In whatever little I have learnt about calculus of two variable functions I have been having some serious problems in the way continuity of a function is defined.(adsbygoogle = window.adsbygoogle || []).push({});

We say that a function is not continuous if we can find two paths of approach along which the value of the independent variable is different.Now if I have to find such paths leading to a say a point,say the origin(0,0,0) the simplest way I can think of is to put the function equal to some constant c and obtain a contour curve for that value.Now in the neighborhood of the point under consideration(origin here),if I can limit the z-value of the contour lines crossing the neighborhood :

f(0,0)-ε< c_{ε }<f(0,0)+ε

where ε>0 is an arbitrary number,I can say that the function is continuous at that point.This follows from the formal definition of continuity and is easily understood.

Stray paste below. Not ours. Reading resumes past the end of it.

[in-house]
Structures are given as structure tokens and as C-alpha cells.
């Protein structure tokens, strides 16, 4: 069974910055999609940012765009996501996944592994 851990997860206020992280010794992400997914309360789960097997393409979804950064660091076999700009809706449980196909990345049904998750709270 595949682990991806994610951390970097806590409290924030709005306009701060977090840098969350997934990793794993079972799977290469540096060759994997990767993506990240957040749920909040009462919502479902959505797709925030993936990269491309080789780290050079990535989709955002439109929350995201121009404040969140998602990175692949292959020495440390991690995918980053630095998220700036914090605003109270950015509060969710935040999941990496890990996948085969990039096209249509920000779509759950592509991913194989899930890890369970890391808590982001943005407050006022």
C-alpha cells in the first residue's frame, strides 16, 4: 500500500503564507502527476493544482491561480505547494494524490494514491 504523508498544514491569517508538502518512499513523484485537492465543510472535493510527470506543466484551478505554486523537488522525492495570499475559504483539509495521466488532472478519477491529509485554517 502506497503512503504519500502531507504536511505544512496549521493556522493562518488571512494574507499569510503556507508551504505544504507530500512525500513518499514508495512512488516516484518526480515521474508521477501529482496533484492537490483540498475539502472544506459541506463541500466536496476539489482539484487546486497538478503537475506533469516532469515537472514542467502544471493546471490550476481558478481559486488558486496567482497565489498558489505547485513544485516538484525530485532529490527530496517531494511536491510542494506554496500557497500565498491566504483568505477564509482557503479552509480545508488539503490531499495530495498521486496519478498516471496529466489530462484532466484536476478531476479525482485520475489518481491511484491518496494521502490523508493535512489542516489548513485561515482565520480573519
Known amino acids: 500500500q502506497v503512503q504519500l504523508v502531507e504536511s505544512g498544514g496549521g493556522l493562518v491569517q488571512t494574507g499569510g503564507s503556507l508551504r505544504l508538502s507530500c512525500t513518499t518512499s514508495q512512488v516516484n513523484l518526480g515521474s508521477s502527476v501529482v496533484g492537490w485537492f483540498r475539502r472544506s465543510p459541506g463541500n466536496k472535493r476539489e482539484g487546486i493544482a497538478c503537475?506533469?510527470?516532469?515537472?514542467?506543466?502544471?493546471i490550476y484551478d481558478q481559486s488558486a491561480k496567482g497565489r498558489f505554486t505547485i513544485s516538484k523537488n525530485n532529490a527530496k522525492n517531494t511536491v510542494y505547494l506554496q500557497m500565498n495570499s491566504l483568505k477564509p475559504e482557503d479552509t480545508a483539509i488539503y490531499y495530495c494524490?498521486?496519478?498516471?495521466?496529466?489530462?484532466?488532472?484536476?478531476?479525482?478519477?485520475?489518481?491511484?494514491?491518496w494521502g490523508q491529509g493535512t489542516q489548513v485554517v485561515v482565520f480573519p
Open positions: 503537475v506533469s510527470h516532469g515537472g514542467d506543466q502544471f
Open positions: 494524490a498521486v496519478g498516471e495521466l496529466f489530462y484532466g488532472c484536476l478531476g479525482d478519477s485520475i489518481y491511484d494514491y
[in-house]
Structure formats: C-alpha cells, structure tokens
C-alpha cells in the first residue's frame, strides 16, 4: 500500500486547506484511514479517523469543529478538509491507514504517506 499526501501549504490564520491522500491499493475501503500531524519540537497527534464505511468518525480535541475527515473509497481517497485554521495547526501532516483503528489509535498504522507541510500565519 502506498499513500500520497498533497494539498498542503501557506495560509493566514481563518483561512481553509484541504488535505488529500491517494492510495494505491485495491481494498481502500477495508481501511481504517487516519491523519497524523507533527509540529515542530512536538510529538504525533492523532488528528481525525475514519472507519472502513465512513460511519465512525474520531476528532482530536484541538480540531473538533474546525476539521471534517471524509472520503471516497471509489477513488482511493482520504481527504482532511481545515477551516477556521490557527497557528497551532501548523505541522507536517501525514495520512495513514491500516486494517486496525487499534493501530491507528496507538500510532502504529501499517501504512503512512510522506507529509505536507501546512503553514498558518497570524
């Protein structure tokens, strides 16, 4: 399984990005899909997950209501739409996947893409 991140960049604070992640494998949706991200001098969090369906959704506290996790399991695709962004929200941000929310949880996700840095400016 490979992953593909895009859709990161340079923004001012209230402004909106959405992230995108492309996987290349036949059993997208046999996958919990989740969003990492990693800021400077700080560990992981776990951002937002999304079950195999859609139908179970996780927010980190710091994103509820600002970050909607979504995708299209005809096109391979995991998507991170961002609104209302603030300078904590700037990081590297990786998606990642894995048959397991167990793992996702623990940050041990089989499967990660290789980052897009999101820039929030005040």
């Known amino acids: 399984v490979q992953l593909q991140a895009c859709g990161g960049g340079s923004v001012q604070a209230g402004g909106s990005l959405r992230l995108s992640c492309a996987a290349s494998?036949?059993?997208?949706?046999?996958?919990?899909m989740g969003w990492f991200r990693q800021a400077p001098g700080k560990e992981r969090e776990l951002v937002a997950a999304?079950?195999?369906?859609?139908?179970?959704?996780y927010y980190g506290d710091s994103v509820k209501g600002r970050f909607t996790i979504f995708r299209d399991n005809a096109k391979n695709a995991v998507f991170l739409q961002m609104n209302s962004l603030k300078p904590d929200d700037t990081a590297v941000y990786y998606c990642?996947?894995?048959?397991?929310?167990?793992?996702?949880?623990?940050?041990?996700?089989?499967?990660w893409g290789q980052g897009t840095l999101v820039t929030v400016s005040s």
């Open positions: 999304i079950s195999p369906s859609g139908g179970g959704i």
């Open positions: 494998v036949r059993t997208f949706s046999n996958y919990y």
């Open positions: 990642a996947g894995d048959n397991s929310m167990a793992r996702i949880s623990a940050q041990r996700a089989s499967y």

But I will put forward two examples:

1.f(x,y)=x^{3}+y^{3}/x-y

This function is not continuous at (0,0).A few contour lines for z={1,5,3} are here:

http://rechneronline.de/function-graphs/" [Broken]

By this I can conclude that the function is non-continuous at (0,0).

2.f(x,y)=xy/√ (x^{2}+y^{2})

This function comes out to be continuous at (0,0) by the formal δ-ε method.However the corresponding contour lines look like this:

http://rechneronline.de/function-graphs/" [Broken]

Now I have paths to (0,0) that have different z-values even though the function is continuous at

(0,0).Can somebody help me?

Edit:The graphs linked are not working.Please use these functions:

Function 1:

1.x^3+y^3-x+y

2.x^3+y^3-3*x+3*y

3.x^3+y^3-5*+5*y

Function 2:

4.(x*y)-sqr(x^2+y^2)

5.(x*y)-3*sqr(x^2+y^2)

6.(x*y)-3*sqr(x^2+y^2)

**Physics Forums | Science Articles, Homework Help, Discussion**

Join Physics Forums Today!

The friendliest, high quality science and math community on the planet! Everyone who loves science is here!

The friendliest, high quality science and math community on the planet! Everyone who loves science is here!

# Continuity for Two Variable Function

**Physics Forums | Science Articles, Homework Help, Discussion**